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Could the Writers Strike Be Coming to an End?

Television fans, start your big screens.

Striking Hollywood writers are considering a contract proposal.

After nearly 15 weeks on the picket line, members of the Writers Guild of America received contract terms from their union leaders at meetings this weekend in New York and Los Angeles. Guild leaders are recommending the contract to members and ask them to vote on a quick end to the walkout.

By asking writers to vote separately on ending the strike and accepting the contract, the union cleared the way for the entertainment industry to return to work almost immediately.

Membership meetings will be held Tuesday in New York and Los Angeles to allow writers to decide whether the strike should be brought to a speedy end, said Patric Verrone, president of the guild's West Coast branch.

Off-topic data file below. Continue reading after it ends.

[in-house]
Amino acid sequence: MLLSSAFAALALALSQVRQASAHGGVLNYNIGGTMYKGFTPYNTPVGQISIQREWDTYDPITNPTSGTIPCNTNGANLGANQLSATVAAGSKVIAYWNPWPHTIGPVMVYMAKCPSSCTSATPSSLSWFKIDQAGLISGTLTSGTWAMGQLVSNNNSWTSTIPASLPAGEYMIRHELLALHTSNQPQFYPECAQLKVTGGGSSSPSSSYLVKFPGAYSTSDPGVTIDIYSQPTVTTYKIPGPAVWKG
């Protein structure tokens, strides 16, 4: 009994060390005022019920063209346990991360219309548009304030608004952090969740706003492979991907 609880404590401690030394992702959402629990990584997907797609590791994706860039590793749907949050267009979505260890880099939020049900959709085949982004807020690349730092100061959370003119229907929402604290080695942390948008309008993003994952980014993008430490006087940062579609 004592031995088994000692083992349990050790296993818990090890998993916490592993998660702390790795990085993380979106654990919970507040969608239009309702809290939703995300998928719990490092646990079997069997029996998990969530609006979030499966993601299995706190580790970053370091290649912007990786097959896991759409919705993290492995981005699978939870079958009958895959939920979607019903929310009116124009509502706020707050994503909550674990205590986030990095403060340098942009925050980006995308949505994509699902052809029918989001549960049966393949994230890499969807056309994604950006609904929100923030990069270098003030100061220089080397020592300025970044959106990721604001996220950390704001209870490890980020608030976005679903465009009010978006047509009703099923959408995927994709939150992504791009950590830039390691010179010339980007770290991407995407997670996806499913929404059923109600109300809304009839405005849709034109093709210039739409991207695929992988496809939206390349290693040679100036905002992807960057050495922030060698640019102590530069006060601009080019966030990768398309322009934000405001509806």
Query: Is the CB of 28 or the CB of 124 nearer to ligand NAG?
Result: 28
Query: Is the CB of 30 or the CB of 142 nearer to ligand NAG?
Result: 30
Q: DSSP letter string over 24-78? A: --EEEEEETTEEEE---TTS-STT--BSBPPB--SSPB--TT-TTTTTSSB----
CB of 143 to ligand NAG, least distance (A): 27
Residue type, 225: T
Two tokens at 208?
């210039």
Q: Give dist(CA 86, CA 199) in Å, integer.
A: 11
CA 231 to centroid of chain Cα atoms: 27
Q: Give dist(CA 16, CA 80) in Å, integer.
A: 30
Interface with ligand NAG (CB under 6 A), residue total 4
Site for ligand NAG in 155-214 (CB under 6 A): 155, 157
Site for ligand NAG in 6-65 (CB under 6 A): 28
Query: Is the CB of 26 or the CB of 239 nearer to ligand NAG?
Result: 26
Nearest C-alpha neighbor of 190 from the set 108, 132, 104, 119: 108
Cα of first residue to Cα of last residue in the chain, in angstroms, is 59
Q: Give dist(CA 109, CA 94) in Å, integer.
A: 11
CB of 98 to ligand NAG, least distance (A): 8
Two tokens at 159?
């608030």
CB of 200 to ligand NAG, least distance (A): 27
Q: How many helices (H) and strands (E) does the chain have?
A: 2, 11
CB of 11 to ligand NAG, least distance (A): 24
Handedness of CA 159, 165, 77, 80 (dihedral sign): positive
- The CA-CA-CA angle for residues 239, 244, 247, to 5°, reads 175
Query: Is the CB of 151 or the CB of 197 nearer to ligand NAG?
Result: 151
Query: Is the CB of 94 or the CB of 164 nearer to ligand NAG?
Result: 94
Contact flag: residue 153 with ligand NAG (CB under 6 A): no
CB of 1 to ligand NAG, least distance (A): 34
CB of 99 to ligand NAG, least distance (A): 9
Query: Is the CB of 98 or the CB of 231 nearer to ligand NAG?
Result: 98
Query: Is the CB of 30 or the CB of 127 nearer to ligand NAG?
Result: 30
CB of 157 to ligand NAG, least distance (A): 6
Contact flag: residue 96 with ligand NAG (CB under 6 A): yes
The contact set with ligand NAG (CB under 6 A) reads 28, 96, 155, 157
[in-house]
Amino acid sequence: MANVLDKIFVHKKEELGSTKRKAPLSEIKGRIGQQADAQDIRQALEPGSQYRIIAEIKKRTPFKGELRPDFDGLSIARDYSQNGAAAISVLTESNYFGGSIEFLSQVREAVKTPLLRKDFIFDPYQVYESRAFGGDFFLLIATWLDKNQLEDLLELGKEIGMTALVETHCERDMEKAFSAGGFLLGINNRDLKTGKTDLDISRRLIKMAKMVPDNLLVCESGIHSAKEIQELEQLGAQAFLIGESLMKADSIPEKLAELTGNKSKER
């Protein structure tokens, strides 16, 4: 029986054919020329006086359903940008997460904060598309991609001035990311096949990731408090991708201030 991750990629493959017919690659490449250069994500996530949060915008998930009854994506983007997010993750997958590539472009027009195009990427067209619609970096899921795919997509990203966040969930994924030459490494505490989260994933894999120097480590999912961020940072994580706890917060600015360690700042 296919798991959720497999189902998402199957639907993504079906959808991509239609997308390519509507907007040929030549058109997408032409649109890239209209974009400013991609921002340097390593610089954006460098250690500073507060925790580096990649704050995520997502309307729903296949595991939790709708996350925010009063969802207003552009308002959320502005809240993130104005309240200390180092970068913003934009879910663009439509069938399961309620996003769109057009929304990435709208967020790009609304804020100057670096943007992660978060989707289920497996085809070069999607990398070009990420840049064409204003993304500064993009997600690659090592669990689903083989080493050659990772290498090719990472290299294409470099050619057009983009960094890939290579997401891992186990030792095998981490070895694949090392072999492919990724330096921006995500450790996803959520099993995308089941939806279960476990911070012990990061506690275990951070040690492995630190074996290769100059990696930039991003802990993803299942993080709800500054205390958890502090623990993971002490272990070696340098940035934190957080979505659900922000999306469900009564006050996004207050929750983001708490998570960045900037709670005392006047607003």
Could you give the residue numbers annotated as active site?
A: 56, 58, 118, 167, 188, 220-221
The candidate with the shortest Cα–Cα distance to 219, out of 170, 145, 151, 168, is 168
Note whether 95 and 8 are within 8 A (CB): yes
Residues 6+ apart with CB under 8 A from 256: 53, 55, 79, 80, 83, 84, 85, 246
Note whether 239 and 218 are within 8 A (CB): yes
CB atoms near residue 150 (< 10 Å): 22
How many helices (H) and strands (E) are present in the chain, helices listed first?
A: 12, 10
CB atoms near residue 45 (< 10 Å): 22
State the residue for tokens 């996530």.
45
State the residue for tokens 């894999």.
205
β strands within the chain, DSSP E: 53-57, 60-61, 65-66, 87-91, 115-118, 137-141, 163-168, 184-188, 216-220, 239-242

The tentative contract secures writers a share of the burgeoning digital-media market, Verrone said, including compensation for Internet-delivered TV shows and movies.

"If [producers] get paid, we get paid. This contract makes that a reality," Verrone said. But, he added, "it is not all we hoped for and it is not all we deserved."

This isn't the end of Hollywood labor negotiations. Actors' contracts are up in June. The Screen Actors Guild and the Writers Guild want to sync up their contracts so they can threaten the studios with a combined strike in the future.

From NPR reports and The Associated Press

Copyright 2023 NPR. To see more, visit https://www.npr.org.

Andrea Seabrook covers Capitol Hill as NPR's Congressional Correspondent.
Kim Masters
Kim Masters covers the business of entertainment for NPR News. Her reports can be heard on NPR's award-winning Morning Edition, All Things Considered, and Weekend Edition. She joined NPR in 2003.